This vulnerability has been assigned a CVE ID: CVE-2017-8149. Huawei has released software updates to fix this vulnerability. Successful exploit could cause out-of-bounds memory read, leading to continuous system reboot.
This vulnerability can be exploited only when the following conditions are present: 1) The attacker has gained the root privilege of an Android system and successfully tricked a user into installing the malicious APP. 2) An attacker with the root privilege of an Android system may trick a user into installing a malicious APP. The APP can modify specific data to cause out-of-bounds memory read, leading to continuous system reboot. This vulnerability was reported to Huawei PSIRT by Aravind, Machiry. Huawei would like to thank Aravind, Machiry for working with us and coordinated vulnerability disclosure to protect our customers.[…]

Security Advisory – Authentication Bypass Vulnerability in Huawei Honor 5S Smart Phones
SA No:huawei-sa-20170816-03-smartphone
Initial Release Date: 2017-08-16
Huawei Honor 5S smart phones have an authentication bypass vulnerability due to the improper design of some components. An attacker can get a user’s smart phone and install malicious apps in the mobile phone, allowing the attacker to reset the password and fingerprint of the phone without authentication. (Vulnerability ID: HWPSIRT-2017-07037). This vulnerability has been assigned a CVE ID: CVE-2017-8151. Huawei has released software updates to fix this vulnerability. Successful exploit could allow the attacker to reset the password and fingerprint of the phone. This vulnerability can be exploited only when the following conditions are present: 1) The attacker obtains a user’s smart phone in unlocked state. An attacker can get a user’s smart phone and install malicious apps in the mobile phone, allowing the attacker to reset the password and fingerprint of the phone without authentication. This vulnerability was reported to Huawei PSIRT by security researcher Zhang Qing. Huawei would like to thank Zhang Qing for working with us and coordinated vulnerability disclosure to protect our customers.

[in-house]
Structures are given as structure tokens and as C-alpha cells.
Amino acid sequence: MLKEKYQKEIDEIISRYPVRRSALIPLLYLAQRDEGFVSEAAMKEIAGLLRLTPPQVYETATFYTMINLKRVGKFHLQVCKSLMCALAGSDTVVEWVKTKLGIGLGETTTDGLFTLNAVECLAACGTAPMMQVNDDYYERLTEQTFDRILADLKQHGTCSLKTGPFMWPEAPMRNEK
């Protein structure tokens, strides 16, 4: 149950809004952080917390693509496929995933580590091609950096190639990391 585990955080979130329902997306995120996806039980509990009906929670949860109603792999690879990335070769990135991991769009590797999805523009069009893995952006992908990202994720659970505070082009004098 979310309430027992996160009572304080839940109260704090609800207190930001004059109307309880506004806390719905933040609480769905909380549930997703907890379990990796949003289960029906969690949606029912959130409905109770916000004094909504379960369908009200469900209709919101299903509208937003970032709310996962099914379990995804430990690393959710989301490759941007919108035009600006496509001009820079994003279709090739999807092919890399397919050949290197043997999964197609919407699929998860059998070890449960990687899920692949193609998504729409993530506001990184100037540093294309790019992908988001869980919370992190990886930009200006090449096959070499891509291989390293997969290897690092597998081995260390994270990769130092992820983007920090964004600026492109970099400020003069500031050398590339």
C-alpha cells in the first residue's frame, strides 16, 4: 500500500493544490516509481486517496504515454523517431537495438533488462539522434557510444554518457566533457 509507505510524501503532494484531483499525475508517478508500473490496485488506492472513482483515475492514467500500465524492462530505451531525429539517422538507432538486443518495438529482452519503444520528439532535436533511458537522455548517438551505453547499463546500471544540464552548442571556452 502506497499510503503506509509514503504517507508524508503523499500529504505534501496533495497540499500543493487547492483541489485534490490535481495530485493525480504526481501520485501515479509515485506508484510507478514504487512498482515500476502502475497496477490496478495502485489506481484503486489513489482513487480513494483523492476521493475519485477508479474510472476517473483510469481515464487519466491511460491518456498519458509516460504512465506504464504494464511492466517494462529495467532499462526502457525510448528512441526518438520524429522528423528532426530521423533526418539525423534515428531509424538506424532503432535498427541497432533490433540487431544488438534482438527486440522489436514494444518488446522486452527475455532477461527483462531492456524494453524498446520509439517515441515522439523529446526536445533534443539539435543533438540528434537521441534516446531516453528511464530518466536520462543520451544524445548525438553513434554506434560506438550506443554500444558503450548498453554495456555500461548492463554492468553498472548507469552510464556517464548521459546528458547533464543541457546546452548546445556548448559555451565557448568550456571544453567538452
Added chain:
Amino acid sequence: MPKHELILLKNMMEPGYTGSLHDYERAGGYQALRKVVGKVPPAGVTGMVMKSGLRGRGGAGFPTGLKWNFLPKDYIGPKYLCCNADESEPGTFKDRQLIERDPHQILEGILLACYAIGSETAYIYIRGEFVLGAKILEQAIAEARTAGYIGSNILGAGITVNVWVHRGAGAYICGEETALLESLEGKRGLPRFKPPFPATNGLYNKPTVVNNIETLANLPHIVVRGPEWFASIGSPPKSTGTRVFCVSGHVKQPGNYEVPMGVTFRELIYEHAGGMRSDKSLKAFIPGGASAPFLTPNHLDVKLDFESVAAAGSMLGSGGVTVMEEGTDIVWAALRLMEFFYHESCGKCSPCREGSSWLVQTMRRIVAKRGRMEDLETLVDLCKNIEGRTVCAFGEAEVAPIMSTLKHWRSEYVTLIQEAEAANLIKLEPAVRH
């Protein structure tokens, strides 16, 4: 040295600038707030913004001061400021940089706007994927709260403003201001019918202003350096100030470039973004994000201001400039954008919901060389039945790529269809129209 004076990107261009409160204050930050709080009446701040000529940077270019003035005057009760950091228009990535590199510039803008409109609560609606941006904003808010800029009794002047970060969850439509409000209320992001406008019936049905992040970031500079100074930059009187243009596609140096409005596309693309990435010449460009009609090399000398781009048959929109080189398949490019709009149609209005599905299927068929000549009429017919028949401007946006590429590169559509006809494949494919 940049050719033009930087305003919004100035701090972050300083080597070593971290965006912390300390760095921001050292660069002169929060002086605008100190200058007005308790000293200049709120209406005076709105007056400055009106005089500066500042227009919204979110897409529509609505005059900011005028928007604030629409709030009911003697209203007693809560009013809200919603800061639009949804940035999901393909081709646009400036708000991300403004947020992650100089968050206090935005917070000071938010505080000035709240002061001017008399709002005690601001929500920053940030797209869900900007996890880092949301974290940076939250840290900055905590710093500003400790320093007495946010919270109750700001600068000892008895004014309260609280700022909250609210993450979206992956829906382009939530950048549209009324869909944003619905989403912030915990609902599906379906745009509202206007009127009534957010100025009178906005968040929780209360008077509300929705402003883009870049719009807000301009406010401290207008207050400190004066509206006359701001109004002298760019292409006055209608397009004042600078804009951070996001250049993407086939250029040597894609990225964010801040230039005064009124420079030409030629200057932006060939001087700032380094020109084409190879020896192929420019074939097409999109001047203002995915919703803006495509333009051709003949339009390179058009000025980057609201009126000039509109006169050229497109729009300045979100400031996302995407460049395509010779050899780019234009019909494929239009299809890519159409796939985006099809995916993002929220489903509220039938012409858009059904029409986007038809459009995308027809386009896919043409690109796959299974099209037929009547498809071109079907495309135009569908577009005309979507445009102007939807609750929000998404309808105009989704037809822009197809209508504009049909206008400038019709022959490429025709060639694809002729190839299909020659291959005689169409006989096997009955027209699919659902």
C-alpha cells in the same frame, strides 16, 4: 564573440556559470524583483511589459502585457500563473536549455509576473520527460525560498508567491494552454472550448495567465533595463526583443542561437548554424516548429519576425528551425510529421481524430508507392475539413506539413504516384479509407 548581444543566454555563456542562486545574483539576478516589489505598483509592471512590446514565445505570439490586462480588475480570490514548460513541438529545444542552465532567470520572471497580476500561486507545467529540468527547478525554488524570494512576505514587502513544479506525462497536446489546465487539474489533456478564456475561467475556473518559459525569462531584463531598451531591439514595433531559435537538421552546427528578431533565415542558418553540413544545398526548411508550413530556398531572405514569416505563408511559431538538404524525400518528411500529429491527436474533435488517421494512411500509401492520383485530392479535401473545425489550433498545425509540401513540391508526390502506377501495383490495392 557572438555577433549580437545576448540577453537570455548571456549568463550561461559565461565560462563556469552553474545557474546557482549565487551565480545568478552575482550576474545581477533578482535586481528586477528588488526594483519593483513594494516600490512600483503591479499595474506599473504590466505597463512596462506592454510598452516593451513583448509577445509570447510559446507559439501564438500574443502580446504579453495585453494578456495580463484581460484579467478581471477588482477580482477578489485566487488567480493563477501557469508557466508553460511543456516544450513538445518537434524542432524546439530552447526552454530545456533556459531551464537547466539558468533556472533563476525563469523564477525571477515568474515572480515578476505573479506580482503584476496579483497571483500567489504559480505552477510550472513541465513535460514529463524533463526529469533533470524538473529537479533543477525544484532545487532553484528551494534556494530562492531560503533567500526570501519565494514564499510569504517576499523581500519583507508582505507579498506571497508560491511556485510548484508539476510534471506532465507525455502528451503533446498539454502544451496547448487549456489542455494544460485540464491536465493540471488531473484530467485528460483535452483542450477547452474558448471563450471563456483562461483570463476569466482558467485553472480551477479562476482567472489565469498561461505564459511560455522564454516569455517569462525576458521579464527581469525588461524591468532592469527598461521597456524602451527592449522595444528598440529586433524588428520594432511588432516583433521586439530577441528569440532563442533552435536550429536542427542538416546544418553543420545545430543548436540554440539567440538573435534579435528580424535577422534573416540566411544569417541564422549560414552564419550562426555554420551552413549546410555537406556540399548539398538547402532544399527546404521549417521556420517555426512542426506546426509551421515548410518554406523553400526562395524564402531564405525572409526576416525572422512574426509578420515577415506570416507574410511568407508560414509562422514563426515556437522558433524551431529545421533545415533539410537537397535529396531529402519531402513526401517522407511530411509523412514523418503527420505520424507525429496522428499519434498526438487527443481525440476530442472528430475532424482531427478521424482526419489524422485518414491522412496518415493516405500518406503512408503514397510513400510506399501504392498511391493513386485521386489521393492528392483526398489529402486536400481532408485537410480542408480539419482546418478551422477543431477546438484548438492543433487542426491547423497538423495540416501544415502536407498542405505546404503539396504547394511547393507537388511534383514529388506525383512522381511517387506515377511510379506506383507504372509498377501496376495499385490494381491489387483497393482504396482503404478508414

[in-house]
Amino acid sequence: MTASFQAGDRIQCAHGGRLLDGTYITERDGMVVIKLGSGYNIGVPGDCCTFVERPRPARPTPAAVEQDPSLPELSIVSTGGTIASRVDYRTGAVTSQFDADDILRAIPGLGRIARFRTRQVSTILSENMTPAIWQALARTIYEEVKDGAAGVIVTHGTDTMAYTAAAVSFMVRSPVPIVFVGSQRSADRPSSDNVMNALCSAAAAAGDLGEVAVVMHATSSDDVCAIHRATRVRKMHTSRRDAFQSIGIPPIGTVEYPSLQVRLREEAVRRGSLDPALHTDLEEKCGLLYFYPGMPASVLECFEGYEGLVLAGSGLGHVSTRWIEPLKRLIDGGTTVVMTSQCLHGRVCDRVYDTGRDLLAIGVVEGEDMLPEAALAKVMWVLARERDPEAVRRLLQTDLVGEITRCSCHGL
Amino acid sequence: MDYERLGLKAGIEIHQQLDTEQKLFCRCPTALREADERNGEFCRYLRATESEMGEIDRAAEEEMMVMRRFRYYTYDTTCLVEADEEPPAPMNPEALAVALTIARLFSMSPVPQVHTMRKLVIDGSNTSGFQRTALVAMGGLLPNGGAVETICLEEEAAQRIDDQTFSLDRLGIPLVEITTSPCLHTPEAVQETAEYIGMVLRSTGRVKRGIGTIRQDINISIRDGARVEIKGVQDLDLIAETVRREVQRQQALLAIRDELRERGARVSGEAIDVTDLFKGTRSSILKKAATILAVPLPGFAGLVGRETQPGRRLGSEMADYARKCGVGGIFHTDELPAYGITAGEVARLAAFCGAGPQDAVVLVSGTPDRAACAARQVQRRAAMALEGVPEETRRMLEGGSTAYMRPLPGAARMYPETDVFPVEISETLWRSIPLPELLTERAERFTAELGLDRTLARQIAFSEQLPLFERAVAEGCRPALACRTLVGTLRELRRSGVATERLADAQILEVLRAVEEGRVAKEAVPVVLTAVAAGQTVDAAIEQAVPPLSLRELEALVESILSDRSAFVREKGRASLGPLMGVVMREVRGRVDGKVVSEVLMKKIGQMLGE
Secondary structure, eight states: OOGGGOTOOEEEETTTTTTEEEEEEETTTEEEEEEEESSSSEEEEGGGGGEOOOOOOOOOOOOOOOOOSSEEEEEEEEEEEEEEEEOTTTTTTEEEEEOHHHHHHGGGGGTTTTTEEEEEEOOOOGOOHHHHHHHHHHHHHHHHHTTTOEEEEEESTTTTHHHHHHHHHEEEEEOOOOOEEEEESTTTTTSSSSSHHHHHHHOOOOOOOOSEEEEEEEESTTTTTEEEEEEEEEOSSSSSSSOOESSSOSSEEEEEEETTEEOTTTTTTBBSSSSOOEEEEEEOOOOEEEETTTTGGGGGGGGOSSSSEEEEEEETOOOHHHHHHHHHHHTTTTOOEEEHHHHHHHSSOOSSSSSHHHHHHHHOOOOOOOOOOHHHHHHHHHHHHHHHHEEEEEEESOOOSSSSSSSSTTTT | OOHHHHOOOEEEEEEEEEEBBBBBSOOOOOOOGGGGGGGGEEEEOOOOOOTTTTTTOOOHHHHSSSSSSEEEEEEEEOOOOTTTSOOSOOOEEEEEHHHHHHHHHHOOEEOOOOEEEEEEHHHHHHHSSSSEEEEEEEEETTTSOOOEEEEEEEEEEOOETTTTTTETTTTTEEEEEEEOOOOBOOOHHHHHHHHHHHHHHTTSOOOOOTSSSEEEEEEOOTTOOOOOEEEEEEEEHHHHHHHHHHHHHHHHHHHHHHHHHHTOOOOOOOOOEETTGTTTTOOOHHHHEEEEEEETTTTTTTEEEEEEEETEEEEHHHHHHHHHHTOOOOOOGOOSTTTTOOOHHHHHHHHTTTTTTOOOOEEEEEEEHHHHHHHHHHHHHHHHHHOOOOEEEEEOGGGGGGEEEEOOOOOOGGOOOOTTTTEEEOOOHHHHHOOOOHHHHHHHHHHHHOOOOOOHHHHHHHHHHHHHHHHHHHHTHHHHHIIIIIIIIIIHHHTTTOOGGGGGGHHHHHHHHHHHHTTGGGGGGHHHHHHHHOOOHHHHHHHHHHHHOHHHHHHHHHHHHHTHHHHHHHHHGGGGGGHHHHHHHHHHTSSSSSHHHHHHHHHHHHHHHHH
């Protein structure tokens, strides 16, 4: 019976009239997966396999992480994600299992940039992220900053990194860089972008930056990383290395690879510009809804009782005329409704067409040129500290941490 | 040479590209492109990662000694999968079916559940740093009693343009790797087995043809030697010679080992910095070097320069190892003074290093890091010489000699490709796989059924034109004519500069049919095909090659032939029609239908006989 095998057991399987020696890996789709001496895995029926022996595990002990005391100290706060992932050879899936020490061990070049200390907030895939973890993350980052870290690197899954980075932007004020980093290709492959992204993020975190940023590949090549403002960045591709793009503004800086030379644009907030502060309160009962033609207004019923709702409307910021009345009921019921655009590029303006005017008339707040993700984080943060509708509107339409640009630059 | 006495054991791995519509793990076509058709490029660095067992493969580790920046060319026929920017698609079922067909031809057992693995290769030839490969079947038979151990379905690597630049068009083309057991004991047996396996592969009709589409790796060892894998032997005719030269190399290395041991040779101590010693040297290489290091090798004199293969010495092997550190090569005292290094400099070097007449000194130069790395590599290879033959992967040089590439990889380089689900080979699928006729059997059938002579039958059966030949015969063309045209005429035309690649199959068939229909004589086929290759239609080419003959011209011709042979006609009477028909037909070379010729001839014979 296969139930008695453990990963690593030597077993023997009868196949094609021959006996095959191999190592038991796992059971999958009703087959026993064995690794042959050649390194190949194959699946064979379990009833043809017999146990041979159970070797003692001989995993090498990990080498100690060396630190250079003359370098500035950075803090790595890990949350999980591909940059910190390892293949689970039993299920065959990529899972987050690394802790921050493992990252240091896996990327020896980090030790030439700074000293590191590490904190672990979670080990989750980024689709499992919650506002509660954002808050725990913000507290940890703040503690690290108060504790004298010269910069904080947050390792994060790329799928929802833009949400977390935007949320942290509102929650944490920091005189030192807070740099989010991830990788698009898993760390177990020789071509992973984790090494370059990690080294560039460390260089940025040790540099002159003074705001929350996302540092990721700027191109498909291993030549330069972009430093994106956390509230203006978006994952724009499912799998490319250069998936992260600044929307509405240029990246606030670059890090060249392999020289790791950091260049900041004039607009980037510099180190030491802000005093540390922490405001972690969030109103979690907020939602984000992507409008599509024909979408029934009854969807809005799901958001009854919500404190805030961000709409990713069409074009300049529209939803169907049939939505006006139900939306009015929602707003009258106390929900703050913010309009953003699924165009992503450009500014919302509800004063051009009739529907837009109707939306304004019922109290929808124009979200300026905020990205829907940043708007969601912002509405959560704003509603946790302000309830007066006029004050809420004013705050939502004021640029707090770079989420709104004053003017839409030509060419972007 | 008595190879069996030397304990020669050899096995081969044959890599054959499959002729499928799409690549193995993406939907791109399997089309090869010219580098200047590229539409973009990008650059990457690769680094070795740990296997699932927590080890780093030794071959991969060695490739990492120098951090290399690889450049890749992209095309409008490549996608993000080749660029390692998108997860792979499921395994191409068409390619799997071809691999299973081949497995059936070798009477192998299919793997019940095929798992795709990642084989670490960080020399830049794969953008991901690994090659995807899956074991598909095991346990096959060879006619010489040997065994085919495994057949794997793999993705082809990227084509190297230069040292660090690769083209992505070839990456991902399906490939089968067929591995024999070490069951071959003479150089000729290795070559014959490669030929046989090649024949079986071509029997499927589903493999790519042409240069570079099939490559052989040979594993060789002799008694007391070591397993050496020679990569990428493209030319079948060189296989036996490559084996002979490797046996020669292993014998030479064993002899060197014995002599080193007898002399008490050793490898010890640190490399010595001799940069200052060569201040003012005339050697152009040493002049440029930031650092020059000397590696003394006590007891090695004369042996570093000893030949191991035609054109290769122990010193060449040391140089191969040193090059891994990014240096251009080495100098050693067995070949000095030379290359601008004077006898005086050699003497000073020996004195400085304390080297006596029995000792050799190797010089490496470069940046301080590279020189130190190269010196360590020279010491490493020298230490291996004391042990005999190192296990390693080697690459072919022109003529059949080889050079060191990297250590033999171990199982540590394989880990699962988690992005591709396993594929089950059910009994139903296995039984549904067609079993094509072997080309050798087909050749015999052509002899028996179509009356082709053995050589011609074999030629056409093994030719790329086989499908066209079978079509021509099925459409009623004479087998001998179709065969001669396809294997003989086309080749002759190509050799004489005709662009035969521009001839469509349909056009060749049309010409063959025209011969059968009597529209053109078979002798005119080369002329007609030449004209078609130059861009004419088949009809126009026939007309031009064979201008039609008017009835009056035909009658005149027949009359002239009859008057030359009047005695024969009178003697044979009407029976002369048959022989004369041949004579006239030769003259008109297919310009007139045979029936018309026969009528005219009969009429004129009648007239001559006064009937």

http://www.huawei.com/en/psirt/security-advisories/huawei-sa-20170816-01-smartphone-en
http://www.huawei.com/my/psirt/security-advisories/huawei-sa-20170807-01-smartphone-en
http://www.huawei.com/en/psirt/security-advisories/2017/huawei-sa-20170816-03-smartphone-en
http://www.huawei.com/us/psirt

https://www.linkedin.com/in/aravind-kumar-machiry-00459923

https://cn.linkedin.com/in/%E6%B8%85-%E5%BC%A0-4b37b2108

 

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Android 8.0 (“Oreo”) security changes

https://android-developers.googleblog.com/2017/08/introducing-android-8-oreo.html

https://developer.android.com/about/versions/o/android-8.0-changes.html#security-all

https://developer.android.com/topic/security/index.html

https://developer.android.com/about/versions/o/index.html